Good-quality health content should almost always include advice and opinion from experts.
Quotes from experts enhance the quality of your writing. They’re a tool that can help readers to trust your arguments and believe in what you’re putting forth.
Quotes also provides you with unique perspectives so you can add depth to your writing.
If you want to write quality content that your readers understand, it’s important to try and add a new perspective to your story. Otherwise, you’re just rehashing what everyone else has said.
Expert quotes can help to provide this new perspective.
So whether you’re reporting on medical breakthroughs or health features, expert quotes are generally thought to be must-have inclusions.
Types of health experts
These days, anyone can be an expert on anything.
If you do something enough, or are passionate about it, you can call yourself an expert.
Maybe all this expertness means we’re becoming too flippant with the term, and aren’t giving it the respect it deserves.
But in health writing, experts tend to include the following types of people and professions:
- Medical professionals
- Holistic health professionals
- Health bloggers with big followings
- Medical authors
- Medical education authorities
- Government bodies
- Professional organisations
Tailor your expert to your audience
When you’re sourcing experts for your health content, think about who’s going to be reading your content.
Try to choose an expert who resonates with these types of readers. For example, I may tend to choose a more holistic health expert if I am writing about pregnancy for a women’s health website.
On the other hand, if I were writing a medical news piece about a new piece of pregnancy-related research, I would definitely be inclined to quote an experienced Obstetrician.
Choose experts who add value to your writing
Find an expert who has something unique to say or an interesting perspective that adds substance to your writing.
If you’re speaking to a study author, make the effort to tease out what exactly is significant about the study so you have something new and original to say.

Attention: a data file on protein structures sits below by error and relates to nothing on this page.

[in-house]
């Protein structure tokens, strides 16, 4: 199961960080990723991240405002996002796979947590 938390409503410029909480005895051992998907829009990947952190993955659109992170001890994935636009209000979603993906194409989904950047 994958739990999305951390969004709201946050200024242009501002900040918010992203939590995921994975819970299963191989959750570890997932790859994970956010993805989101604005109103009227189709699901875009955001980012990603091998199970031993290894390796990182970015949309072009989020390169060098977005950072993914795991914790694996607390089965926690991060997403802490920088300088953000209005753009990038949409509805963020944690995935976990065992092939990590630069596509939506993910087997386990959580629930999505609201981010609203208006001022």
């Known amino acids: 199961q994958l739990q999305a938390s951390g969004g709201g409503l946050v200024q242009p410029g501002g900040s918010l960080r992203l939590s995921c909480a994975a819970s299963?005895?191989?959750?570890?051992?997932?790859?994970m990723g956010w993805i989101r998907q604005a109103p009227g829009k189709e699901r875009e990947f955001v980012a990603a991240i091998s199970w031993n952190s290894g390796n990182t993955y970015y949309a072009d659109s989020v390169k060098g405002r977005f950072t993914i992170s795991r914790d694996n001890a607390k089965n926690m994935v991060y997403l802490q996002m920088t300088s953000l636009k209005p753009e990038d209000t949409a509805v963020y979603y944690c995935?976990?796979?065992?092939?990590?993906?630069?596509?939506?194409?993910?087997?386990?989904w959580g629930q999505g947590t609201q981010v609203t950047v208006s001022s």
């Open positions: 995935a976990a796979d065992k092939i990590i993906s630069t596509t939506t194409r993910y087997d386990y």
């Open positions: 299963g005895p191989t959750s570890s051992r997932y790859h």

Recognise the need to use health experts
Experts add credibility to your work, and for certain topics, some are better than others.
A recent article published on smh.com.au on the dangers of pregnancy pill popping tells a familiar tale of the many pregnant women who are unwittingly consuming dangerous herbal medicines during pregnancy.
This is backed up with quotes from CHOICE, like:
“Given some herbs are capable of causing adverse pregnancy outcomes such as miscarriage, preterm labor and birth defects it is crucial pregnant women educate themselves on potential impacts on their health.”
While this advice is sound, it would perhaps be more encouraging if coming from a General Practitioner or Obstetrician. As a consumer watchdog, are CHOICE really the best body to be providing the final word on nutrition during pregnancy?
In my experience, experts are difficult to get in touch with. That’s why, as a health and medical writer, you need to develop a strong network of professionals you can turn to for advice.
Try and have several experts on your list who cover the same topic, so you’re not always scrambling for a quote in the eleventh hour.
Generally, doctors can be extremely difficult to get in touch with as they are in practice for most of the day. Sometimes you need to hound them: phone, email, phone again until you get a yes or no answer.
Do you always need quotes from health experts?
This really depends on the topic. The more familiar you become with health writing, the better your judgement will be.